The Sweetness of Life(4)

By: Kathryn Andrews

“Okay, what idea is that?” I ask as calmly as I can.

“I know this is last minute, and we still want you to finish your current article, but tell me, have you ever heard of Wolff Winery?” Blue eyes and a condescending scowl flash before my eyes for the second time tonight. I shake my head to clear the image and find the road in front of me cloaked in shadows and empty.

“Yes. In fact, I met Mr. Wolff last year.” I grit my teeth at his name. Arrogant ass.

“Ah, well, that’s great then! We’ve spoken to Mr. Wolff, and if you agree, we’ve decided to pair the two of you together for a feature article in the upcoming Southern issue. We would need you at his winery by tomorrow afternoon if possible. I just e-mailed over the details, you’ll need to clear your schedule for a bit, and he can fill you in on the rest.”


No. No. No. No. No.

The nerves in my stomach instantly flee and dread drops in. They want us to work together? I have to work with him? But I don’t want to work with him. He agreed to this? He doesn’t like me . . . and that’s fine with me!

“Okay, I need to run this by Meg, but it shouldn’t be a problem.” Meg is going to flip out, and then she’s going to laugh at me. Again, these things only happen to me. Of all the wineries in the south, they go and pick his.

“Perfect. We’re really excited about this new project for you two. You were our first choice, and we know the article is going to be great. Once you get settled in, give me a call.” The creak of his chair comes through the line and more papers shuffle in the background.

“All right, I will,” I say, trying my hardest to sound as excited as he is when everything in me is screaming to abort the mission.

“Thanks for being so flexible. Take care, Shelby.” Then he hangs up.

There should be silence in the car, but my ears are ringing so loudly my vision blurs.

Oh my God!

Sucking in some air to calm my pounding heart, my head hits the steering wheel, the phone drops to my lap, and I squeeze my eyes shut. What are the odds that Meg and I were just talking about him? What are the odds that of the thousands of wineries out there, his gets picked? And why did his get picked? Per that review, the wines are supposed to be mediocre. Maybe this is karma’s way of getting to me somehow. But why? At the event, he was cold and made me feel as if I were nothing more than an unwanted relative he was stuck with. He ignored me most of the night, preferring conversations with every other girl there but me, and he drank too much. It wasn’t that he became loud and obnoxious, quite the opposite, he became sullen. He made me feel inadequate, and I don’t let anyone make me feel that way, ever. I don’t care who you are. After that night, I made a solemn vow to never see him again . . . or drink his wine.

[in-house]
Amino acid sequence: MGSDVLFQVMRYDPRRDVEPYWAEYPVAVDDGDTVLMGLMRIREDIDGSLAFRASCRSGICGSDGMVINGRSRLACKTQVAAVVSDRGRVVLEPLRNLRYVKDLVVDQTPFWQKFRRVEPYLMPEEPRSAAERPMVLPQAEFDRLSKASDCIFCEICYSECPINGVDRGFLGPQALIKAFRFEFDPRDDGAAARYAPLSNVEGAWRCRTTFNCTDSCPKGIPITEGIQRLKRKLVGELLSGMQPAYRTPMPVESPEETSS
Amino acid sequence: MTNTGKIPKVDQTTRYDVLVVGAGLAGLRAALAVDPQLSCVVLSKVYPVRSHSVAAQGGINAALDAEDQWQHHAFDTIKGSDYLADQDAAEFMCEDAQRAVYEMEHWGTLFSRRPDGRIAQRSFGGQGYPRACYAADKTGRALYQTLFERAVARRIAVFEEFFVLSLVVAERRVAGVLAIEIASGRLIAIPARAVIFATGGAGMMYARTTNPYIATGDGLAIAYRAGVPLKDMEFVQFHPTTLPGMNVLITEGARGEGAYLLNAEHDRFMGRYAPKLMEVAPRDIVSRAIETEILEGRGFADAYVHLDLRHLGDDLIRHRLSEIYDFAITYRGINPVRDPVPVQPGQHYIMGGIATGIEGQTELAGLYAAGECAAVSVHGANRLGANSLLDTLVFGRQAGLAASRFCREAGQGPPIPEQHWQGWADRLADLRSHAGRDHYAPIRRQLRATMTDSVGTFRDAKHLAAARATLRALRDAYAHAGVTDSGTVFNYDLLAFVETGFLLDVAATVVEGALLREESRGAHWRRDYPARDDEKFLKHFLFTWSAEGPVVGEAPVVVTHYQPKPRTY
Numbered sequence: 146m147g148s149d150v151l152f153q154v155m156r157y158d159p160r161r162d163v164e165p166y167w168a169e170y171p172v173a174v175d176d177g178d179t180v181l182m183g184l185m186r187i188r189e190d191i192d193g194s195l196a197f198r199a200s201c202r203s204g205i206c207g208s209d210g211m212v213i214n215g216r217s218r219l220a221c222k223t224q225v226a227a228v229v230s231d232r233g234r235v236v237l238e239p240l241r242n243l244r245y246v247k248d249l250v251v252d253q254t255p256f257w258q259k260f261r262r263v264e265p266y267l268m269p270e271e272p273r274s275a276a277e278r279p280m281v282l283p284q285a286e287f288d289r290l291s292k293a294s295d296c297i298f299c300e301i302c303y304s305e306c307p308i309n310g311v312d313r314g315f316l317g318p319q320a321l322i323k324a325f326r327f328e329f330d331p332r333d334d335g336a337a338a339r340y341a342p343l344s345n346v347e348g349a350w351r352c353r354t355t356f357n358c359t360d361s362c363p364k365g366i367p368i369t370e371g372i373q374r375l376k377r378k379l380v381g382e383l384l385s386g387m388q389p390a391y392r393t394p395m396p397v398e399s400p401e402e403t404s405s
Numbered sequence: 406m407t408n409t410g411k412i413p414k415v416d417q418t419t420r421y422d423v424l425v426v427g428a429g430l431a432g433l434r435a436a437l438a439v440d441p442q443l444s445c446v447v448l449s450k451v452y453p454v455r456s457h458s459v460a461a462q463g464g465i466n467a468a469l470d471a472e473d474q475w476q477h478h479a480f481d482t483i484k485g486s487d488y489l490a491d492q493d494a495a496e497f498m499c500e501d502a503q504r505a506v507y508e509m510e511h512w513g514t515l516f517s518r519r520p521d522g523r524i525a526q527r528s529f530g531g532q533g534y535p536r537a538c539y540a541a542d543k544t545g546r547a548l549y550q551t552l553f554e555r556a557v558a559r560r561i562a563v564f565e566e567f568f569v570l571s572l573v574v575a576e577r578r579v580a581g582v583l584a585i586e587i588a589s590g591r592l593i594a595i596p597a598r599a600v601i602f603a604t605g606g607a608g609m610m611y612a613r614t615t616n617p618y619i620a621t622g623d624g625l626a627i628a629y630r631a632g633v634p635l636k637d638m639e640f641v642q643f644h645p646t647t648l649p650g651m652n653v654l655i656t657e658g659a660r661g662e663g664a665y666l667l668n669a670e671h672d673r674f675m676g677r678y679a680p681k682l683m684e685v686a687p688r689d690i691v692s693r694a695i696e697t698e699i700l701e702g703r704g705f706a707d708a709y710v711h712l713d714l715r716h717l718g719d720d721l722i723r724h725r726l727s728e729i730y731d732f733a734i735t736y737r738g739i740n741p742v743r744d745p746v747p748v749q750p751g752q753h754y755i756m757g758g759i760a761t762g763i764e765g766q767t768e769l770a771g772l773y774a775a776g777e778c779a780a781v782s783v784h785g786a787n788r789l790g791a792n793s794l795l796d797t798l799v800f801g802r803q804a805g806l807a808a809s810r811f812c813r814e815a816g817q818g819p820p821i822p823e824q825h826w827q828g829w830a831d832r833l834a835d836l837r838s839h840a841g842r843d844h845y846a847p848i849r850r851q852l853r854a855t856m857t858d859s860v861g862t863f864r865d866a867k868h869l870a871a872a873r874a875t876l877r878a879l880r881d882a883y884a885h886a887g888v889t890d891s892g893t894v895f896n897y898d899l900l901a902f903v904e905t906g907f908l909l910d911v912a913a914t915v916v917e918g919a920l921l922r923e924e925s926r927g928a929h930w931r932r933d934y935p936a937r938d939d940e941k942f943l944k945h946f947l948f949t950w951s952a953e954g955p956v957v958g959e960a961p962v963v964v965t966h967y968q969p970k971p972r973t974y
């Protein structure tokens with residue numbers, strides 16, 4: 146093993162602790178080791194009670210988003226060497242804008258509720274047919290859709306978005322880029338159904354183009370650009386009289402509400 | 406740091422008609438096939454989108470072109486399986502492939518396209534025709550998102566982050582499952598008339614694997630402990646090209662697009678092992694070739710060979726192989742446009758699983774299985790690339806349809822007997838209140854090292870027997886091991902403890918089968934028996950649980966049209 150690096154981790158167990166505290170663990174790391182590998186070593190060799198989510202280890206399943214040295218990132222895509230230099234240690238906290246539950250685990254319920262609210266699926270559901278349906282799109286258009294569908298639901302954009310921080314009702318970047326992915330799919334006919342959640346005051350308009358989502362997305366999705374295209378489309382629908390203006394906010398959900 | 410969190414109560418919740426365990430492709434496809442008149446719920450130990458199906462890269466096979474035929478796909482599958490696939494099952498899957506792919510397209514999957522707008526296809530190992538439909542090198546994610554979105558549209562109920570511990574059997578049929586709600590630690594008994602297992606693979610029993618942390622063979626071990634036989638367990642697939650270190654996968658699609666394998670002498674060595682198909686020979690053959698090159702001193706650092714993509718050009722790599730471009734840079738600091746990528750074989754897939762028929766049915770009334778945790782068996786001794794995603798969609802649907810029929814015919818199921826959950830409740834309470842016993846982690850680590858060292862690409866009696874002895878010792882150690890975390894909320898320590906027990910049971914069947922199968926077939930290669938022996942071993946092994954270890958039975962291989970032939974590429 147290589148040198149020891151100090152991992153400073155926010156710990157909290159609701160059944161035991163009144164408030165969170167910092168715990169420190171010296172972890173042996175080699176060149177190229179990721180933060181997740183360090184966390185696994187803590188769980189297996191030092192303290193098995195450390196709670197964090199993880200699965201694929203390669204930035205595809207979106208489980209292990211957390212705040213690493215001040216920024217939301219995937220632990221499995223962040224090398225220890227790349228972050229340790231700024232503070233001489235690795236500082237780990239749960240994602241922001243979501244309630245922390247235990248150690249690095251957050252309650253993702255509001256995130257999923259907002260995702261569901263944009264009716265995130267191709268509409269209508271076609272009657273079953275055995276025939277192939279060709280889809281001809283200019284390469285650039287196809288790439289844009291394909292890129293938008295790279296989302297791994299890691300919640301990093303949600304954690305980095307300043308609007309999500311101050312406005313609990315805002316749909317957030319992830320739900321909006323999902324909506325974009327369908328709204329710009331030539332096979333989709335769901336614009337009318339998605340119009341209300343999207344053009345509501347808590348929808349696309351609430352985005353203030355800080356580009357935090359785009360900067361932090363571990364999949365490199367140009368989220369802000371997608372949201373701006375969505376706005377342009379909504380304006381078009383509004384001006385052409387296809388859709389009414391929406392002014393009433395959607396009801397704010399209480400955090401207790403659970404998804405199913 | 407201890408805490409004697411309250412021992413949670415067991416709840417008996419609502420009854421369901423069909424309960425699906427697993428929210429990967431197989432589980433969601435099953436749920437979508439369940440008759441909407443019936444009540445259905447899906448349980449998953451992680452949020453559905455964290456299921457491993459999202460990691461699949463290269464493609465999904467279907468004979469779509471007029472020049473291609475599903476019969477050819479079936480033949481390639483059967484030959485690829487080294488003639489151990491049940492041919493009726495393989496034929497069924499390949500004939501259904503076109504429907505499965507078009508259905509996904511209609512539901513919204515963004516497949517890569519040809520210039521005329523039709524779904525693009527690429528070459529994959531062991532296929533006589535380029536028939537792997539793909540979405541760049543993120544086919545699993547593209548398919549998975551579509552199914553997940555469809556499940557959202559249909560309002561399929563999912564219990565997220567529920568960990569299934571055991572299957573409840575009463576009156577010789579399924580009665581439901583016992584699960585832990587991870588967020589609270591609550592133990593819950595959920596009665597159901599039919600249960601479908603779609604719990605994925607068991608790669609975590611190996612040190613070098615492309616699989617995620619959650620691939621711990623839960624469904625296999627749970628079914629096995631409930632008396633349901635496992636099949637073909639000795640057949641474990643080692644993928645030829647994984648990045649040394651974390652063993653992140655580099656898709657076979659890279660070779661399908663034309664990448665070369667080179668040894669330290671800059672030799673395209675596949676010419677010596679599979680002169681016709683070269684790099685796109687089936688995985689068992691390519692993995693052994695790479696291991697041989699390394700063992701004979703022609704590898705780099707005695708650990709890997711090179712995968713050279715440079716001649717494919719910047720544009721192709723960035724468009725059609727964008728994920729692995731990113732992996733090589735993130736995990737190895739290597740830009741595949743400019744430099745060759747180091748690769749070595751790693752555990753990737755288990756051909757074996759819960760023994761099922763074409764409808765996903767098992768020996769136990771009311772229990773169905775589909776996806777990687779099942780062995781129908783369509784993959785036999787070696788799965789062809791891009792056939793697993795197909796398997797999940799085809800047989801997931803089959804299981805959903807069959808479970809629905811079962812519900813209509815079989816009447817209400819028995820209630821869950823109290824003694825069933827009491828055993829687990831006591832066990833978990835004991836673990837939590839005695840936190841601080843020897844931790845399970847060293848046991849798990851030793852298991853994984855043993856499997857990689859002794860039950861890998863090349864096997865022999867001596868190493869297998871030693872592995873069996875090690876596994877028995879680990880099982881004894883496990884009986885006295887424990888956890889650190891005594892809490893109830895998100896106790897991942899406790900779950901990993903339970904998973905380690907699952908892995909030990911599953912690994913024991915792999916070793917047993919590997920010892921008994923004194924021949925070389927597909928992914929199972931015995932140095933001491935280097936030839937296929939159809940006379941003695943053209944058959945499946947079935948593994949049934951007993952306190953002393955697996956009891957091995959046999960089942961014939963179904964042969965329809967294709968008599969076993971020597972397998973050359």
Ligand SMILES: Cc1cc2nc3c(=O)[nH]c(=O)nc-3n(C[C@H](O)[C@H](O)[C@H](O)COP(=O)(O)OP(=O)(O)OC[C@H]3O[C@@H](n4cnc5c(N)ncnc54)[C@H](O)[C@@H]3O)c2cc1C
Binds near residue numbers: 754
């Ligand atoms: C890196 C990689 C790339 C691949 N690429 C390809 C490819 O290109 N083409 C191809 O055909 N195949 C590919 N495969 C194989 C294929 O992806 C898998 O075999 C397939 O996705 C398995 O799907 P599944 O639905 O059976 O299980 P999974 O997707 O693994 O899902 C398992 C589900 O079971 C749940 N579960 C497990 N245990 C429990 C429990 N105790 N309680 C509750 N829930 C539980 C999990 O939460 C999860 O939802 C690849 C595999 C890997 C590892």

Leaning back in the seat, I take a few deep breaths and let out a resigned sigh before pressing the ignition button. Hopefully, this assignment with him won’t be a big one, and we can get it over with as soon as possible.

Shaking my head and rolling my shoulders, I push away the tension weighing me down, and that’s when it hits me.

Featured article.

Mr. Carothers, from Food Network Magazine, has asked me to pair up for a featured article! Me. Not another journalist, but me. And he said I was their first choice!

Elation takes over, and I squeal as if I’ve won the lottery. My name is going to be printed several times in this new issue, giving me even more exposure. Little by little, a little becomes a lot, and step by step, article by article, I’m getting closer to my dream.

My dream.

Flashes of my childhood flip through my mind, and each passing one acts as a stimulant to my already racing heart. That ever-present reminder of the things he said and the things they did, it’s the constant spark that keeps my determination blazing, and as my eyes widen and my hands tighten on the wheel, I’d swear the street light’s glow is brighter.

“I can do this! I will do this!” I chant to myself. Zachary Wolff is nobody to me, and he can kiss my grits. No one is ever going to get in my way.

No one.

Southern Baklava

A car door slams, and I glance out the window of my office to see a small black BMW parked by the fountain. A girl slips behind the back of the car and she appears to be alone. We usually don’t have many guests at eleven on a Monday morning, so my guess is that she’s here to sell something.

“Earth to Zach, are you even listening to me?” Kyle, my sales director says grabbing my attention. I turn back to him and find his lips pinched together, frustration evident. Whatever. He’ll get over it.

Scrubbing one hand over my face, I squeeze the football resting on my leg with the other and give him an apologetic look. My computer dings twice, alerting me of incoming e-mails and a sigh escapes me. My to-do list grows faster than I can cross things off, and I’m beat.